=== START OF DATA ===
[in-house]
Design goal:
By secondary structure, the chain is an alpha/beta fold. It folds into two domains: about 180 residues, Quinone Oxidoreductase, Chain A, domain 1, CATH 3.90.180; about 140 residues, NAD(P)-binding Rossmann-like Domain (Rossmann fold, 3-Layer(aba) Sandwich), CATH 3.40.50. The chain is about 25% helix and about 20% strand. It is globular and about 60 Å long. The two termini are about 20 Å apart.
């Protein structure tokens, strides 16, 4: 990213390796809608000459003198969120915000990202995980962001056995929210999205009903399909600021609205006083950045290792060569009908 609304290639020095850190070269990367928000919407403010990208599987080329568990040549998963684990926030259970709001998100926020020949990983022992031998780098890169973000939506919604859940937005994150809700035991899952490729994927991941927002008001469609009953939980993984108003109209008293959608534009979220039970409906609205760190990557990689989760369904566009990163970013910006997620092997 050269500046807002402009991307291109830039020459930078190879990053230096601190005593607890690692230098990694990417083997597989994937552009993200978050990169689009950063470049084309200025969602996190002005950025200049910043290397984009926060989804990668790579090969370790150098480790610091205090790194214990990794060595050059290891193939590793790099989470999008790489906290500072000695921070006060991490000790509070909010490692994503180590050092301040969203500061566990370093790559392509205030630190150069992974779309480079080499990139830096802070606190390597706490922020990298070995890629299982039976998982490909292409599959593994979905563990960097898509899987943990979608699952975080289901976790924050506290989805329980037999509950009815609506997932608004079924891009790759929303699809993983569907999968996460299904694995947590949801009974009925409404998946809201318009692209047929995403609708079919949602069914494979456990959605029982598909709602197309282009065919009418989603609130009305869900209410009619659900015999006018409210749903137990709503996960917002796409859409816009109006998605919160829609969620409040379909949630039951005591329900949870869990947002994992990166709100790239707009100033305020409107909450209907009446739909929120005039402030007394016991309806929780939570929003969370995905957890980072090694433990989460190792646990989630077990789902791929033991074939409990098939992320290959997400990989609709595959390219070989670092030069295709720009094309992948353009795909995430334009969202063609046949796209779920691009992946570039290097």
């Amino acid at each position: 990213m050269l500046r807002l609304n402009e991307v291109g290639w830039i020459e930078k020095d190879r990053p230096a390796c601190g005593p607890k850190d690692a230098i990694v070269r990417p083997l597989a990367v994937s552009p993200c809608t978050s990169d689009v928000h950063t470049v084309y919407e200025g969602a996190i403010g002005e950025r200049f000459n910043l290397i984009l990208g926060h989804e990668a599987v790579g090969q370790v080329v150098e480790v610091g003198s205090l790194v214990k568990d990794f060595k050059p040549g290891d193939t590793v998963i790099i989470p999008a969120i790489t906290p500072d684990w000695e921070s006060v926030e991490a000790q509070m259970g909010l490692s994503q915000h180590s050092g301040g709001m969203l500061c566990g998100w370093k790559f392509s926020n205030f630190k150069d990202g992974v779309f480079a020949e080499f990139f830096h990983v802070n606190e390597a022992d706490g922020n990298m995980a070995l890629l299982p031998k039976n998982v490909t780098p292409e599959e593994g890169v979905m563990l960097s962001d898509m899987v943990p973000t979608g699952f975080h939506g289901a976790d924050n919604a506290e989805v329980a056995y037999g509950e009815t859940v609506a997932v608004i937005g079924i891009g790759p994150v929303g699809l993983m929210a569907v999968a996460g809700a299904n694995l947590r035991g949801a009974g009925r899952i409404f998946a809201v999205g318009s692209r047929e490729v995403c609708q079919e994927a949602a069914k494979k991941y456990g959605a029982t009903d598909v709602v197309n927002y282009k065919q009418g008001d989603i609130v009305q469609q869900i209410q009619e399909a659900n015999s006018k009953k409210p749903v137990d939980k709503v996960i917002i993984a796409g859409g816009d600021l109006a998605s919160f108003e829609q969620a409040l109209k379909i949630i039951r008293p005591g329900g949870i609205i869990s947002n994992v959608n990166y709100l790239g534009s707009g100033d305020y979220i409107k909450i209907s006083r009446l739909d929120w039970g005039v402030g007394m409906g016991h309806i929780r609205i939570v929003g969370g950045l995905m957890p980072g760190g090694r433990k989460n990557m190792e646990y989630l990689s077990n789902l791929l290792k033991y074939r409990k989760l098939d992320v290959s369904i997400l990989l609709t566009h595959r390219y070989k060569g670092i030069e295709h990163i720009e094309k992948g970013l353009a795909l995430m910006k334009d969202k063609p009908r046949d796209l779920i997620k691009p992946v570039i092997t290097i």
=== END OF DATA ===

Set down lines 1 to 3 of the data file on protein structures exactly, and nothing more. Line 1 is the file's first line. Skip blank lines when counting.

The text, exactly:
[in-house]
Design goal:
By secondary structure, the chain is an alpha/beta fold. It folds into two domains: about 180 residues, Quinone Oxidoreductase, Chain A, domain 1, CATH 3.90.180; about 140 residues, NAD(P)-binding Rossmann-like Domain (Rossmann fold, 3-Layer(aba) Sandwich), CATH 3.40.50. The chain is about 25% helix and about 20% strand. It is globular and about 60 Å long. The two termini are about 20 Å apart.